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The Museum’s galleries beckon with treasures from all corners of the globe, boasting works of art from pre-antiquity to the present day. So whether you’re searching for quiet contemplation or visual stimulation, whether you want to visit a favorite collection or discover a brand new installation, the Museum offers over 200 galleries for you to explore and enjoy.


British Art and Architecture
Galleries 277, 278, 279, and 280
Experience the grandeur of affluent English country life in these period interiors, which showcase a selection of British paintings, furniture, ceramics, silver, and other decorative arts from the collection.

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Without a Stitch: Adam and Eve in Samplers
Gallery 271, second floor
Discover some of the many interpretations of Adam and Eve in the Museum’s renowned collection of schoolgirl embroideries.

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El Greco: In Focus
Gallery 273, second floor
This installation offers the opportunity for us to focus closely on four pictures by El Greco and reassess them based on new research. Although this scrutiny often leads to more questions than answers, it represents a step forward in understanding these remarkable paintings.

The Cadwaladers of Philadelphia: Portraits of a Family
Galleries 286 & 287, second floor
These galleries showcase portraits of the Cadwalader family, whose activities and accomplishments were deeply intertwined with the history of both Philadelphia and the nation during the 1700s and 1800s.

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Korea Now: Contemporary Art
Baldeck Gallery 238, second floor
The works of art in this gallery showcase the creativity flourishing in Korea today. Drawn from the Museum’s permanent collection, the installation features a diverse range of objects and imagery by living Korean artists in the mediums of ceramics, prints, lacquerware, and metalwork.

Auspicious Symbols in Japanese Art
Galleries 241–243, second floor
Uncover how Japanese artists have used auspicious symbols such as the dragon, the tiger, and the phoenix in their work to express wishes of longevity, prosperity, and happiness.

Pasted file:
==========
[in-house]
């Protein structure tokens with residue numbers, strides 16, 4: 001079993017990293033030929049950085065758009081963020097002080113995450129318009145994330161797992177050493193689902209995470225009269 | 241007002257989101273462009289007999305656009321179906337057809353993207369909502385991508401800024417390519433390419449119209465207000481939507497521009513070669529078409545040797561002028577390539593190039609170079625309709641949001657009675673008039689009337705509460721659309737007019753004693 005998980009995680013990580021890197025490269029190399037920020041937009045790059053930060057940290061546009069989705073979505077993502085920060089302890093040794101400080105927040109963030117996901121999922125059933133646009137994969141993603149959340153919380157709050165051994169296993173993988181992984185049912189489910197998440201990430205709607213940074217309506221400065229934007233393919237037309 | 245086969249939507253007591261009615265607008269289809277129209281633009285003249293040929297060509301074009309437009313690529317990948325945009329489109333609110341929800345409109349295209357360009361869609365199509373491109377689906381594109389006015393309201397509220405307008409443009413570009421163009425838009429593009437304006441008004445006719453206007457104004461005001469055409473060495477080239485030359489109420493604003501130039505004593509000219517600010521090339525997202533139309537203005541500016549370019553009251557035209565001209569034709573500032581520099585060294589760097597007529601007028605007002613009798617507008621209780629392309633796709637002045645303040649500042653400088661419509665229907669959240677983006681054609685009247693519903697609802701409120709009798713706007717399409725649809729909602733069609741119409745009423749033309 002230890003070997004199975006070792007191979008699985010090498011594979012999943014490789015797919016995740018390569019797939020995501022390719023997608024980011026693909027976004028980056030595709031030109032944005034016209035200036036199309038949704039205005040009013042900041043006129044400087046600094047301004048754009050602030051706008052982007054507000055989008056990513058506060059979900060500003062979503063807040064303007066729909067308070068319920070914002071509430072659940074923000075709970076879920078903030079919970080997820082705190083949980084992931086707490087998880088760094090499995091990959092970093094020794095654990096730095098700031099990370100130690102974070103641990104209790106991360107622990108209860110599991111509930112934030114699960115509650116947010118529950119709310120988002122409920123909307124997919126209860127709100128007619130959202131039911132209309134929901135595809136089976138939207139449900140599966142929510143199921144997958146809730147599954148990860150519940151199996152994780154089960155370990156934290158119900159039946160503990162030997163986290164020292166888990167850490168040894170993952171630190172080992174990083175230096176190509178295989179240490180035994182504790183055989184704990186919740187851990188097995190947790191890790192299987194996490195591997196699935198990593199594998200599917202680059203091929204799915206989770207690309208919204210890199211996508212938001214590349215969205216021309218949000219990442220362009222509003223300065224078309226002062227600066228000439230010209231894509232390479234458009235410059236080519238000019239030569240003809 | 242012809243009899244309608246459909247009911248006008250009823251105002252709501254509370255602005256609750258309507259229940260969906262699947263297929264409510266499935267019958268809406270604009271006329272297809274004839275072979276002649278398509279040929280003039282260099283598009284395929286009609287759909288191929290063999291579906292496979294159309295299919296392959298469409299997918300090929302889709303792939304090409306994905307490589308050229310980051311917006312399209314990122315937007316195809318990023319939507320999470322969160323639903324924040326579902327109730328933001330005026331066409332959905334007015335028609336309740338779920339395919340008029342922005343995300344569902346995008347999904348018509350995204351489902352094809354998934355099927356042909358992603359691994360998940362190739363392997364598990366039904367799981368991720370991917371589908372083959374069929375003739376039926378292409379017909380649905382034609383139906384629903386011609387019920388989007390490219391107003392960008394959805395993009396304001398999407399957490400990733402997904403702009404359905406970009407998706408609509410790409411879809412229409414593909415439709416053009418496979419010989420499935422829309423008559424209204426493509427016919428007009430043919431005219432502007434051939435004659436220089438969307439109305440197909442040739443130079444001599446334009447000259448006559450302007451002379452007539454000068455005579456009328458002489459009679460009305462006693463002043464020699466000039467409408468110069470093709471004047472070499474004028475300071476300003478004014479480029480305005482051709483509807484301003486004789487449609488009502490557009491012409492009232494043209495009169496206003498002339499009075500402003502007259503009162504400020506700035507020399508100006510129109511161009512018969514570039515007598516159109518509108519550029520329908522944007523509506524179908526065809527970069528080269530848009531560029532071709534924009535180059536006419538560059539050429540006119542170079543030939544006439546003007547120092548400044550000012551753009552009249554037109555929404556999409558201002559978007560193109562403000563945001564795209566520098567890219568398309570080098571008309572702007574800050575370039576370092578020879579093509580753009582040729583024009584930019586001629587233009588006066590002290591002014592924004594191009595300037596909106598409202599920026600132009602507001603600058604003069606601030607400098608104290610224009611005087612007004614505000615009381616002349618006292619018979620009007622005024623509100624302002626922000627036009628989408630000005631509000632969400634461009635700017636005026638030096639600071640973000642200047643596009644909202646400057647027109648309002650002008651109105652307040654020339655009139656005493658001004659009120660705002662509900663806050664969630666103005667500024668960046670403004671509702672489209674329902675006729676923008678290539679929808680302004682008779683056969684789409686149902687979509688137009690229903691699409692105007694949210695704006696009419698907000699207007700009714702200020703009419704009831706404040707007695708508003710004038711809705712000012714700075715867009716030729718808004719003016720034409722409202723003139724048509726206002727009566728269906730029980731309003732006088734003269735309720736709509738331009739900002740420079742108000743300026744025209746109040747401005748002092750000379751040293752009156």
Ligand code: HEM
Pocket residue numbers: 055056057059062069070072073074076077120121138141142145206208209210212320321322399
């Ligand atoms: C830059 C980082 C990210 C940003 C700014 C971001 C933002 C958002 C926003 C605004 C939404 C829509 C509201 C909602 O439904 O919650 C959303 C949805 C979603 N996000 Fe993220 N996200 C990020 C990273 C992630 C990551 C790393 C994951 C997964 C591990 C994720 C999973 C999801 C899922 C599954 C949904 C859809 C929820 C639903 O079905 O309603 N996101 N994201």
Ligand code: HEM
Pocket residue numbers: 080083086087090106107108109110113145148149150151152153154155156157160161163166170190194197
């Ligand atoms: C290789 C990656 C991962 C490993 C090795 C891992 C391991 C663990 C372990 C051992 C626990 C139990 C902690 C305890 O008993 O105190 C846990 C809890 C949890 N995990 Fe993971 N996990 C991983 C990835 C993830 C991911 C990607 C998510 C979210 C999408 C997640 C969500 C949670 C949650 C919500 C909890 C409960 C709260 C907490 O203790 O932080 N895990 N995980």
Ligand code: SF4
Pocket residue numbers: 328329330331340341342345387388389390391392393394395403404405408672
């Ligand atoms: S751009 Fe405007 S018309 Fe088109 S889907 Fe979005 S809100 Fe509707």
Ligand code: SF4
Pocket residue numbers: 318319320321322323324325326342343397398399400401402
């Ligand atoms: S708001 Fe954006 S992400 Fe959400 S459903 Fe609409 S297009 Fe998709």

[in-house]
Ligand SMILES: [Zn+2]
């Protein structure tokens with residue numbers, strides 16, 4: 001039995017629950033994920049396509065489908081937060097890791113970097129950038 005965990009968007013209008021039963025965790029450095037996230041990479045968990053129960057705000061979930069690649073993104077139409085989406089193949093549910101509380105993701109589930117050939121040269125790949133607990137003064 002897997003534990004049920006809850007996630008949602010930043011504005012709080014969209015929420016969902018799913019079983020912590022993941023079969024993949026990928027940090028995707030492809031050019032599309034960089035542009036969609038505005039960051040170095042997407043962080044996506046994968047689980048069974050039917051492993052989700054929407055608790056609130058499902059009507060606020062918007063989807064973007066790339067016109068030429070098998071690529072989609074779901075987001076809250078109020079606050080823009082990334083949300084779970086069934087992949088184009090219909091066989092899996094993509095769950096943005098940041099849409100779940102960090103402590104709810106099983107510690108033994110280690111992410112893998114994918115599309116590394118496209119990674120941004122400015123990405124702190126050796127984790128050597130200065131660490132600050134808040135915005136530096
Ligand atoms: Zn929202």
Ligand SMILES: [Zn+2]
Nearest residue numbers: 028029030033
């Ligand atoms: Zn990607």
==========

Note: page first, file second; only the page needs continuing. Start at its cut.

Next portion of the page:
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Presidential China
McNeil American Presidential China Gallery 106, first floor
Examine a rare collection of presidential tablewares, including a Chinese ginger jar once owned by George Washington, a plate used by the Roosevelts at their family home in Hyde Park, and a cup and saucer purchased during the Reagan administration for use aboard Air Force One.

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Drawing Room from a New York Town House
Gallery 265, second floor
Explore this luxurious space, which stands as a rare document of life during the Gilded Age. Originally installed in the New York town house of heiress Eleanore Elkins Rice in the 1920s, this elegant gallery features a distinguished collection of French furniture, porcelain, and textiles of the 1700s. It is the only historic interior in the Museum’s collection with its original furnishings.

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Philadelphia Still Life
Gallery 108, first floor
The hustle and bustle of city life never discouraged Philadelphia artists from capturing moments of stillness. This city was in fact pivotal to the development of American still-life painting. In this concise installation, explore the variety of Philadelphia still-life painting as well as its national and international resonances.

Modern American Landscapes
Gallery 50, ground floor
The American landscape provided a bounty of inspiration to modern artists working in the US during the first half of the twentieth century. Uncover how these artists used innovative styles—including Cubism, Expressionism, and Abstraction—to convey their visions of America.

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Mexican Modernism
Gallery 49, ground floor
The Mexican Revolution of 1910–20 prompted a national artistic renaissance. Although the murals of Rivera, Siqueiros, and Orozco are among the best-known Mexican images from this period, modern Mexican art was much broader in scope and complexity. Explore more about this dynamic period in this installation and in the upcoming major exhibition Paint the Revolution: Mexican Modernism, 1910–1950, organized by the Museum in partnership with Museo del Palacio de Bellas Artes in Mexico City.

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Chinese Reception Hall
Gallery 226, second floor
Behold treasures from the Ming and Qing dynasties within our magnificent Chinese reception hall. Featuring a soaring thirty-foot ceiling supported by red-lacquered columns and carved brackets, this grand space was once part of a Beijing palace.

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Please note, some of the objects on view in these galleries may rotate periodically.

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